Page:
we need a thread about chav removal.... we have an infestation here too!
     
  12. Mark Evans

    Mark Evans Expert

    Messages:
    6,492
    Location:
    newark notts.
    whats a chav? :?:
     
  13. aaronnorth

    aaronnorth Member

    Messages:
    3,955
    Location:
    worksop, nottinghamshire
    someone who wears burberry (or it is associated with them) and they are aggressive - that is how i know them.

    http://en.wikipedia.org/wiki/Chav

    how has gardening websites gone on to this :?:
     
  14. Mark Evans

    Mark Evans Expert

    Messages:
    6,492
    Location:
    newark notts.
    ahhh, i just read through the post.

    i sorted a "chav" problem recently.

    neighbours were jumping my fence and trashing my lawn. my answer was to but burglar paint and put it across the top of the fence! sorted. some might say im bad?...it stoped them. :twisted: there prety scummy folk anyway, so no harm! we also had them chimey things knicked too...not a bad thing though...to bloody noisy!
     
  15. JamesM

    JamesM Member

    Messages:
    1,913
    Location:
    The BIG End, South Wales
    Burglar paint is great! :lol:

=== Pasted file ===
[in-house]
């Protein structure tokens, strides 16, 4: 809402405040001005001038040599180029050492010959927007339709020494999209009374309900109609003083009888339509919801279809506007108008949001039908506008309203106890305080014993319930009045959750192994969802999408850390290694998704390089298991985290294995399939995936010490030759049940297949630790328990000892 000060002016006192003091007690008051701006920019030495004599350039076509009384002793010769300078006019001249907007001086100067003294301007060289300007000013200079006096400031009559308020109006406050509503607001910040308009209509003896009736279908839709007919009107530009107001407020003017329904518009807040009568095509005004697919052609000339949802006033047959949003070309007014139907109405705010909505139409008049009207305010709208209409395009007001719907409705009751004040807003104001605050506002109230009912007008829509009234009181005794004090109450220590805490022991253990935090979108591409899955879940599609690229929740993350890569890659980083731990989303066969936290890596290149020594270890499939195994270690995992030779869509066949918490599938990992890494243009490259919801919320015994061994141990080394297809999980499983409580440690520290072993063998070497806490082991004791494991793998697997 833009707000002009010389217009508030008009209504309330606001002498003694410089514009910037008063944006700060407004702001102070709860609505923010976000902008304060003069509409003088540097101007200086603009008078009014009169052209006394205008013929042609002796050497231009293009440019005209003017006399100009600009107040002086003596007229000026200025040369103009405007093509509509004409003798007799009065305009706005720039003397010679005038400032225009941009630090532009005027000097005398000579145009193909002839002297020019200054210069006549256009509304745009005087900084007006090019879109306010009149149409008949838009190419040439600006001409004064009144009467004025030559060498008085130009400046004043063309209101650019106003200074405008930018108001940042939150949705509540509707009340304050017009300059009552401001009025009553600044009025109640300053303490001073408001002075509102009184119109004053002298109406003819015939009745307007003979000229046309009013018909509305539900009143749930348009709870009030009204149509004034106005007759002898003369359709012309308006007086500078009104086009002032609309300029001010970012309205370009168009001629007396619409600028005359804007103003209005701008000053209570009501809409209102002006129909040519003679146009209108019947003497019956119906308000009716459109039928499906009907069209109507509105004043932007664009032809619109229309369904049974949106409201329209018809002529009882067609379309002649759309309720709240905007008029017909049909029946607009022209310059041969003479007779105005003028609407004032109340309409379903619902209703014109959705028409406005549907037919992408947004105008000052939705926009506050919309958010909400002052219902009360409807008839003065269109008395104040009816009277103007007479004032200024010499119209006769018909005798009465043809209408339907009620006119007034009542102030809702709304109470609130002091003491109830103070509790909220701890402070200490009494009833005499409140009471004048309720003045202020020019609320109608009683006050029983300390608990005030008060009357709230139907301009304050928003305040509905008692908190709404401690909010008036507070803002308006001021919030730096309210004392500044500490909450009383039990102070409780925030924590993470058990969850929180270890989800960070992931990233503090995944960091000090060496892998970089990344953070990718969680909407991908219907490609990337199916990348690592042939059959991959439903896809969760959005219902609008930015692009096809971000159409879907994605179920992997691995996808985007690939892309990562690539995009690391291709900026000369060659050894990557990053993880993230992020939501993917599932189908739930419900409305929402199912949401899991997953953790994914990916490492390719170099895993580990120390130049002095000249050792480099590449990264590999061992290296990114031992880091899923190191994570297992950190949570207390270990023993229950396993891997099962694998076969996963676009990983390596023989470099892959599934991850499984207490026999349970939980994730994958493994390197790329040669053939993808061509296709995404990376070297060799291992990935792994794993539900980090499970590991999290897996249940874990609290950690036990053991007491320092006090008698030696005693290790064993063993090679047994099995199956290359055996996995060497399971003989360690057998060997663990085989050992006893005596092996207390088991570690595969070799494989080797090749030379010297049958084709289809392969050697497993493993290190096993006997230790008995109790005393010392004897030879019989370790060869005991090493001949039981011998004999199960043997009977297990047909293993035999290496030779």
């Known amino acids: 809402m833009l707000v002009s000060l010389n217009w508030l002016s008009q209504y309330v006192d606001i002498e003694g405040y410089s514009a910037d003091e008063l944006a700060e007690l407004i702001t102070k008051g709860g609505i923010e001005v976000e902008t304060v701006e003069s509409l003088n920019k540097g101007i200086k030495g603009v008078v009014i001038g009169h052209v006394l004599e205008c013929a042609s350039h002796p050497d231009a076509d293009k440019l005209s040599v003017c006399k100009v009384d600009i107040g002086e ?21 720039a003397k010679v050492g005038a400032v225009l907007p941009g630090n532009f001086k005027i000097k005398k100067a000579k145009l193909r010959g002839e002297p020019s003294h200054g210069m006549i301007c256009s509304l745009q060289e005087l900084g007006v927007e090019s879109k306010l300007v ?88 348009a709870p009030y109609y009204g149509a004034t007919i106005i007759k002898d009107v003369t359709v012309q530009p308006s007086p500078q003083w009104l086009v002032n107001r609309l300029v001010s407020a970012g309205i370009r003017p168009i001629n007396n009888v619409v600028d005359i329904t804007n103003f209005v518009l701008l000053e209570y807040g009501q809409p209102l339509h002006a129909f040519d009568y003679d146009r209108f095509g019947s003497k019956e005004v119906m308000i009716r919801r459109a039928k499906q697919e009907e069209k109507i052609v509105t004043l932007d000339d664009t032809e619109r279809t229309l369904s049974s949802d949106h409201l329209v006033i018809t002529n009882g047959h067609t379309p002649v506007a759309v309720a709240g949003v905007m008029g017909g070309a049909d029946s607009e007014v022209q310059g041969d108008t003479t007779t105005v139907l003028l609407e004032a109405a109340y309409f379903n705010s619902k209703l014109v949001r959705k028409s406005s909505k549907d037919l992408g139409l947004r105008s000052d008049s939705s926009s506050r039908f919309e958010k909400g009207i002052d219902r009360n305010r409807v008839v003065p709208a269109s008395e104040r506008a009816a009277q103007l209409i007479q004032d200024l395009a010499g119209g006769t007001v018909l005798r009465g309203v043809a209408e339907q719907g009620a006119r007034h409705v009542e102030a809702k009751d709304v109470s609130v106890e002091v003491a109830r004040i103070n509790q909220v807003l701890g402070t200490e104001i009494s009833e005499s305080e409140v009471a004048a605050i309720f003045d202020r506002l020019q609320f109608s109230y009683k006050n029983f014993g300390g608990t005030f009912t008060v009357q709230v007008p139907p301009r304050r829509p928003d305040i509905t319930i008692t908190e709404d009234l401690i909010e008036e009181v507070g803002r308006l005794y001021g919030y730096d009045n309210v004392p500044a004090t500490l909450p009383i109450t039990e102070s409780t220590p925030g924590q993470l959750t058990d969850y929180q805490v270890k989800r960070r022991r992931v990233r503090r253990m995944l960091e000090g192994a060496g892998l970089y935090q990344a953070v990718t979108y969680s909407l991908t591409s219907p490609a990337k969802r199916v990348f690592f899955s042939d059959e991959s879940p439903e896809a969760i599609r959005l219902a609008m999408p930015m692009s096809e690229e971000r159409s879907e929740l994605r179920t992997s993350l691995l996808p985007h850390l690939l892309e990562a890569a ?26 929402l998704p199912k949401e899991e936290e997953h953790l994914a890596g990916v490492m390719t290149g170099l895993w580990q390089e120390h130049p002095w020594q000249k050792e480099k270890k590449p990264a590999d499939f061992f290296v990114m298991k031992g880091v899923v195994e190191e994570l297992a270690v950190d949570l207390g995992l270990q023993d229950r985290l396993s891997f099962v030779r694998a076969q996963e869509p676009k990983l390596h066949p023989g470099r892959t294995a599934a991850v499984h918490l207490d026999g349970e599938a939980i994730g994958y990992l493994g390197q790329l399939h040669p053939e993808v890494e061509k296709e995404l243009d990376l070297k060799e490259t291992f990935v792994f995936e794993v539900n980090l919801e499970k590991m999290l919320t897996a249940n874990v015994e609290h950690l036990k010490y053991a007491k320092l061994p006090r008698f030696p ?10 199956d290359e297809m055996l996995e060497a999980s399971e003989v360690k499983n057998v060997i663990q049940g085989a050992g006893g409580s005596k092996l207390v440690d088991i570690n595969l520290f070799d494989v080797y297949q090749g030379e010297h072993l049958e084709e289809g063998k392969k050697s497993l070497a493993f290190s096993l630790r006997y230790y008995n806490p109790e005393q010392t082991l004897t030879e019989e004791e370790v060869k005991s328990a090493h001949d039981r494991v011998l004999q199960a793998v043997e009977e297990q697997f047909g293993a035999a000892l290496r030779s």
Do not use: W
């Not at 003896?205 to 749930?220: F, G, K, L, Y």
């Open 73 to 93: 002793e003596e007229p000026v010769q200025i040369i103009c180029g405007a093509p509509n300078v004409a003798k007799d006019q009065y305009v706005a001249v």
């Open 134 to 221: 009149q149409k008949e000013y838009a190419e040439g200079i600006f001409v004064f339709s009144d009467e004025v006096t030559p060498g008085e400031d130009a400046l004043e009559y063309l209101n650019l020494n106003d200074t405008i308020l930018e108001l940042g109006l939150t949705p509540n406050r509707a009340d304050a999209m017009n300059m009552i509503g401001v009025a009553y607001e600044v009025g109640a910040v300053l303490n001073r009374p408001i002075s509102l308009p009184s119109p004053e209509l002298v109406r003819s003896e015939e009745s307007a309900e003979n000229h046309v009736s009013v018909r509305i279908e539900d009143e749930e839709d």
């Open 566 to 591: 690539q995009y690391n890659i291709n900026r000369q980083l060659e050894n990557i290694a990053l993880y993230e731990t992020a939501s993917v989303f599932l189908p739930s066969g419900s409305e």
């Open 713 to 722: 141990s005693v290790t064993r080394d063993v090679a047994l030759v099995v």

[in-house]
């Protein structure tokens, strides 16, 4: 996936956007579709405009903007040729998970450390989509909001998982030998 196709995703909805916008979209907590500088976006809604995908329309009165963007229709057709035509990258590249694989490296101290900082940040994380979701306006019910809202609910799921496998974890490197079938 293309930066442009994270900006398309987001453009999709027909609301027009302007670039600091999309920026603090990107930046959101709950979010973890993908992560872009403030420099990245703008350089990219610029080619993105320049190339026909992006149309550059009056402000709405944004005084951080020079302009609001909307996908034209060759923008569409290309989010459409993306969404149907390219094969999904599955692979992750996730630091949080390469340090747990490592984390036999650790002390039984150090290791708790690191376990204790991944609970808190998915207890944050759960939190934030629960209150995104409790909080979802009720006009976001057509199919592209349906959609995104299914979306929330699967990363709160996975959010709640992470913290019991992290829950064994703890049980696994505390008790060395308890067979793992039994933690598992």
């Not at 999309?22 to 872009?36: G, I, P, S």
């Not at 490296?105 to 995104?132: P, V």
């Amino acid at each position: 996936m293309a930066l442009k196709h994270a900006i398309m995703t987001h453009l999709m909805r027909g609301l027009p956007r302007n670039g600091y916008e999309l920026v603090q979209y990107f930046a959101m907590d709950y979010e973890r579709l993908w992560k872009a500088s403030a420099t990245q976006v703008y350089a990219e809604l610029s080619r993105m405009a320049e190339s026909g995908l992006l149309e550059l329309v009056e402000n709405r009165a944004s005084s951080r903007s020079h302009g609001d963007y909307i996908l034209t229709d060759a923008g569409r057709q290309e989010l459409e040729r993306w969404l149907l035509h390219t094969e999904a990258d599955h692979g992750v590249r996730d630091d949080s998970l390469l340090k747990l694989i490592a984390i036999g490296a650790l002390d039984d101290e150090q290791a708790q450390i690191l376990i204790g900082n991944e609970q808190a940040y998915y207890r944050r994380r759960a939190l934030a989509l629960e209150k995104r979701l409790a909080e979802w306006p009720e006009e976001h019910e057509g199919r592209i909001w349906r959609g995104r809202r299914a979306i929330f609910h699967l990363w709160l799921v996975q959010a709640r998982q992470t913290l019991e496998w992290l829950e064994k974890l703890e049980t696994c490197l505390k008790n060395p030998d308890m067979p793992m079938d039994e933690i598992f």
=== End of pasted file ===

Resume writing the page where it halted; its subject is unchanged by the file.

An L96A1 to the head, followed by tea bagging the the intruder would be a better choice. If only it were possible :)



    On a slightly different note, anyone got tips on how to keep cats out of the garden?
     
  16. Mark Evans

    Mark Evans Expert

    Messages:
    6,492
    Location:
    newark notts.
    black widow and ball bearings :lol:

    james you think like me :lol: genius. we'll end up in the nick for public disorder! :lol:

    everyone relax...im not realy like that!
     
  17. Mark Evans

    Mark Evans Expert

    Messages:
    6,492
    Location:
    newark notts.
    actualy just kidding! for joke purposes only. mmm... a dog?
     
  18. aaronnorth

    aaronnorth Member

    Messages:
    3,955
    Location:
    worksop, nottinghamshire
    cats eyes (my grandad has a black cat but with glow in the dark eyes) - soound like a kids toy :lol:
     
  19. JamesM

    JamesM Member

    Messages:
    1,913
    Location:
    The BIG End, South Wales
    :lol: I'll have to have a camp out one night, armed and ready. I wonder how many windows I'll hit after a few Jim Beams? Place your bets now! :lol:
     
  20. Ed Seeley

    Ed Seeley Member

    Messages:
    3,262
    Location:
    Nottingham
    I've got a super soaker that I use when I see them!!! That and an ultrasound scarer near the pond seem to keep most away or them scamper through quickly.

    By the way that's to get rid of cats. For the Chavs I'd go with ball bearings or rubber bullets if they were legal...